Charlie Chan – Volume One (20th Century Fox)
C+ Sound: C+ Extras: B Films: B+
some of the most misguided idiocy in the history of political correctness to
date, Charlie Chan continues to be one of the greatest fictional detectives of
all time and the B-movie Mystery series began by Fox Films and running long
into the 20th Century Fox era remains the most successful such
B-movie series ever. Only six novels
were written from 1925 to 1932, but the series lasted 41 films, including 13
with Warner Oland who immediately hit it big in the role. After seeing later Monogram films issued by
MGM as the Charlie Chanthology
(reviewed elsewhere on this site), Fox has been hard at work restoring the
better original films and their Charlie
Chan – Volume One is a better volume than any fan could have expected.
early films have been lost, including the English-language version of Charlie Chan Carries On, Oland’s debut
as the detective, but Fox unearthed a Spanish version of the film and included
it here as an extra. It is a decent
first outing for Oland, but the series picked up quickly and was exceptional
from the start. The films featured here
Charlie Chan In London (1934) – Ray Milland is a young
unknown among a great cast as Chan tries to solve a murder that took place
during the very English tradition of foxhunting. The great detail from the sets to the details
of the clues and dual cases taking place makes this remarkable and endures shockingly
well over 70 years later. This is the
longest of the four at about 80 minutes.
Charlie Chan In Paris (1935) – This fan favorite and
classic has Keye Luke debut as Chan’s terrific #1 son Lee as their visit to the
city of lights leads to a counterfeiting operation that uses some clever tricks
to keep things highly profitable, but could murder be a next step? The chemistry between Luke and Oland is
classic and one of the most underrated in all of the Classical Hollywood era.
Charlie Chan In Egypt (1935) – Despite the odd addition
of the stereotypical comic figure Stepin Fetchit as supposed comic relief, an
archeologist goes missing while on an expedition, so Chan is called in. It gets more bizarre with supposed
supernatural happenings, some eccentric characters and a fun, exotic locale. Rita Hayworth is here in an early role under
her former name (Rita Cansino) and the mystery is so multi-layered that Fetchit
is a thankfully temporary distraction.
This is another ace installment.
Charlie Chan In Shanghai (1935) – Chan takes on an opium
ring (!) in the middle of China as he is being honored for his great work and
one of the guests is murdered. This one
has more action than usual as a result of the opponent and makes for a very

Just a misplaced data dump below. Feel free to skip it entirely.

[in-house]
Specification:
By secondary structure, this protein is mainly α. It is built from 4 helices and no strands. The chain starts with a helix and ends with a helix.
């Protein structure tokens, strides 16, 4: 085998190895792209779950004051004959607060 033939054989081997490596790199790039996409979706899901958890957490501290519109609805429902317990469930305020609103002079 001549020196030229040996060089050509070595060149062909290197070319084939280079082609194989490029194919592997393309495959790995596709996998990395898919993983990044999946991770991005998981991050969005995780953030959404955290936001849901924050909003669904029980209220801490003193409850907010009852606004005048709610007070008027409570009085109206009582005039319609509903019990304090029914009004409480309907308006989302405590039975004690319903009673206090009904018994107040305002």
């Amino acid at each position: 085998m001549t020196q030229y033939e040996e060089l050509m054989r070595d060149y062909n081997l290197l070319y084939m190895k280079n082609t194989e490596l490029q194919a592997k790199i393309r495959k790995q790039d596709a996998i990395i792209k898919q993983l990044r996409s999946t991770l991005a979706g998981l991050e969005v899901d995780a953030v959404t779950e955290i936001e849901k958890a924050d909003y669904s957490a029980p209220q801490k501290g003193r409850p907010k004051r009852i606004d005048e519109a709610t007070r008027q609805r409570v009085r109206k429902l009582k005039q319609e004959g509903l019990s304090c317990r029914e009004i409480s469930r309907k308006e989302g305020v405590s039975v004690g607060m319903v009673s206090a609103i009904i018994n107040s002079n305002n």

interesting entry considering China then and now alone. Running just long enough, it is typical of
the surprises the series always offered in Fox’s hands.
the films again after a while and having been a fan for a few decades, the
efficiency, skill and tempered energy with which these films were made are
truly incredible and something any filmmaker could learn something from at this
point. It also is amazing how the
B-movie unit of a major like Fox could produce top-rate product that puts so
many overproduced and overbudgeted event tentpoles cannot come close to. Since a studio like Fox did not do serials,
that energy and excitement went to their B-film units. Many will still complain that Mr. Oland was
not the “right” race, but he was the right actor and his work here is so great,
he may never get full credit for how excellent he really was in the role. This great DVD set can only being to change
that and hopefully will.
X 1 black and white image on all five films have been nicely restored and
transferred to the point that the only limit seems to be regular DVDs 480 lines
versus more in higher HD formats. None
of these films had been issued on anything other than VHS, if that, except for
the Paris installment. That was also issued as part of an Oland
double feature in the old 12” LaserDisc format, but this looks better and
sounds a little better. That brings us
to the Dolby Digital 2.0 Mono, which sounds pretty good on all the films,
except a bit on the London
installment, which is just older and shows it.
These are films from the Fox Films era before the merger with 20th
Century Pictures and remain early gems from their vintage output.
include restoration pieces on the London
installment, a trailer for the London
installment, the Spanish language version of Charlie Chan Carries On called Eran
Trece (1931) with English subtitles and three excellent featurettes that
set the record straight on the character and its history. The
Legacy Of Charlie Chan, In Search Of
Charlie Chan and The Real Charlie
Chan. You learn about the greatness
and influence of the character, the rise of the character with its strange and
awkward journey to big screen immortality and the real life Hawaiian detective Chang
Apana that would make it won great biopic.
They run about 20 minutes each on average and are produced by the great
team of John Cork and Bruce Scivally.
Fox has given these films the same respect MPI gave the Universal
Sherlock Holmes films with Basil Rathbone and the packaging is also
exceptional. 18 more Chan adventures lie
in the Fox vault and I hope we get them all in sets this great. If you really love mystery stories and think
you are smart enough to solve the best, don’t miss this set!
- Nicholas Sheffo